Born in Israel, Kabaretti has built an impressive résumé in both symphonic and operatic styles across the globe. He showed musical talent at an early age, studying first at the Rubin Academy of Music at Tel Aviv University and then at the University of Music and Performing Arts in Vienna.
After graduating, Kabaretti was appointed chorus master at the Vienna State Opera and the Salzburg Festival. In 2002, he was named Principal Conductor of Israel’s Raanana Symphonette Orchestra before joining the Santa Barbara Symphony. Kabaretti also has served as the Music Director for the Southwest Florida Symphony since 2012.
The maestro has worked with some of the biggest names in music, including Lang Lang, Placido Domingo, Itzhak Perlman, and Hélène Grimaud. Kabaretti also has been selected to serve as guest conductor for orchestras around the world: Israel Philharmonic Orchestra, Orchestra del Maggio Musicale Fiorentino, Orchestra del Teatro dell’Opera di Roma, Tokyo Philharmonic Orchestra, and Orquesta Filarmonica de Buenos Aires, just to name a few.
Kabaretti also has an operatic background that has featured his work on productions with the Maggio Musicale Fiorentino, Teatro Real in Madrid, Opéra de Lausanne, The New National Theatre in Tokyo, Opera Santa Barbara, and more.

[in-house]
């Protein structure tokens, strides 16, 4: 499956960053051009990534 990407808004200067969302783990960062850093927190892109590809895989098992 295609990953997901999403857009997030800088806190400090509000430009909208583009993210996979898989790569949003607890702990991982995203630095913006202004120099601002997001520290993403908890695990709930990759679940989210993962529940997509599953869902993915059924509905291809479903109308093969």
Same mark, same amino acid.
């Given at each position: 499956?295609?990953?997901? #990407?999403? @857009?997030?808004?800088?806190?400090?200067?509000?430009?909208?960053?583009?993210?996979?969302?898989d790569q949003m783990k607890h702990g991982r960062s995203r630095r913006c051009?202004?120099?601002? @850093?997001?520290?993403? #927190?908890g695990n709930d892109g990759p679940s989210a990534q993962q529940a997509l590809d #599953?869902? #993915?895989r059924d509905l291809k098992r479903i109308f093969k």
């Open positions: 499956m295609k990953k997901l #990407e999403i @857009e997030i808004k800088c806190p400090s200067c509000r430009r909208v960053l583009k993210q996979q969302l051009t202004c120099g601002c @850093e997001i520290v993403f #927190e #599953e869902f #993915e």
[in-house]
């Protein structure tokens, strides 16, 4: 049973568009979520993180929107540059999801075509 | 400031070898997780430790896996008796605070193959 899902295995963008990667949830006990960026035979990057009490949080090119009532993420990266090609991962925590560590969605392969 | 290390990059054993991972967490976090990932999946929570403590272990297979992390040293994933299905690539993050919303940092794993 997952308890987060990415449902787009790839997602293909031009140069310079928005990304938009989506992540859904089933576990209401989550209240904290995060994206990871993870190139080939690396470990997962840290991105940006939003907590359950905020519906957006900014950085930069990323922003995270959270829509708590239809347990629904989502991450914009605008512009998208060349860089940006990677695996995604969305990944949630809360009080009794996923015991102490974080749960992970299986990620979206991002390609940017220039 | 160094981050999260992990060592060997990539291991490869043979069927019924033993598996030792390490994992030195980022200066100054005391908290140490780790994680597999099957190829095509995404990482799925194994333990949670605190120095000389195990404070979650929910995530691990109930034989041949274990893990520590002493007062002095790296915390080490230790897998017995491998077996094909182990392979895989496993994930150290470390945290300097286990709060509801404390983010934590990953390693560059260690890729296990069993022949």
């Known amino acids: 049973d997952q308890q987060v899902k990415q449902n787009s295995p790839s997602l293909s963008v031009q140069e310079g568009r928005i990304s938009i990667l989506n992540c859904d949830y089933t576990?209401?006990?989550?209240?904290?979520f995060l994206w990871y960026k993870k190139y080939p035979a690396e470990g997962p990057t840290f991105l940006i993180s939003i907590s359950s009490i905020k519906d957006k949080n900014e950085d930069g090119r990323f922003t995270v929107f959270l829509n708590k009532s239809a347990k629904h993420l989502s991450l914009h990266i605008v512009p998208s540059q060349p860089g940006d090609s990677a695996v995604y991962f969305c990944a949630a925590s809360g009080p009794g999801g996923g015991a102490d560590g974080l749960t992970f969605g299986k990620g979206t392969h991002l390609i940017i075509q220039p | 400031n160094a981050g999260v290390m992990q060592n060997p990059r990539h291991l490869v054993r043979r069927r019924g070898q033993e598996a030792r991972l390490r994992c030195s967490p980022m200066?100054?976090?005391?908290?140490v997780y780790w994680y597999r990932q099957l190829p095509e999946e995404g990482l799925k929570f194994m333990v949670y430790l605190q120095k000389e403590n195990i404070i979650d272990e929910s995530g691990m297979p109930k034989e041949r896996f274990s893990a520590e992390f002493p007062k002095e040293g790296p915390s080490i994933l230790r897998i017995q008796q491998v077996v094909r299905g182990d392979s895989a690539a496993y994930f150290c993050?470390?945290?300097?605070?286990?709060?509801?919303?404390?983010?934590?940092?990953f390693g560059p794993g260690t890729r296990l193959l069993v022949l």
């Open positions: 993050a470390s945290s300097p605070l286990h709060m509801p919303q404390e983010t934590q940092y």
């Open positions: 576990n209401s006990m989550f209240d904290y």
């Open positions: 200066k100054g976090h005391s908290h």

Australian native David Pratt recently joined the Santa Barbara Symphony as Executive Director after serving in the same position for the Savannah Philharmonic. Pratt also has held senior positions for the G’Day USA Festival connecting the U.S. and Australia, the Sydney Symphony Orchestra, the Australian Festival of Chamber of Music, and the Melbourne Film Office for the State of Victoria.
The event is free and open to the public. Seating is limited and available on a first-come basis.
Antioch in Conversation is a series designed to foster public engagement about the issues and inspirations that shape our community, society, and world. Previous Antioch in Conversation guests have included television pioneer Norman Lear, legal expert and Harvard professor Laurence Tribe, and KCRW’s Warren Olney leading a panel on California’s water issues.
Thirteen students in Antioch University Santa Barbara’s Bachelor of Arts program can now add “Documentary Filmmaker” to their resumes.
The students screened their films in the Social Justice Documentary Film Festival on campus on Thursday, March 12, as part of Stan Roden’s Documentary Filmmaking class.
Roden introduced the morning by telling the audience that the films being shown were the first films produced by most of the students. Praising how much they had accomplished in the 10 weeks of the class, Roden said the students all climbed several hills dealing with lighting, composition, and music, but also likened the storytelling aspect as more of a mountain the students all climbed successfully.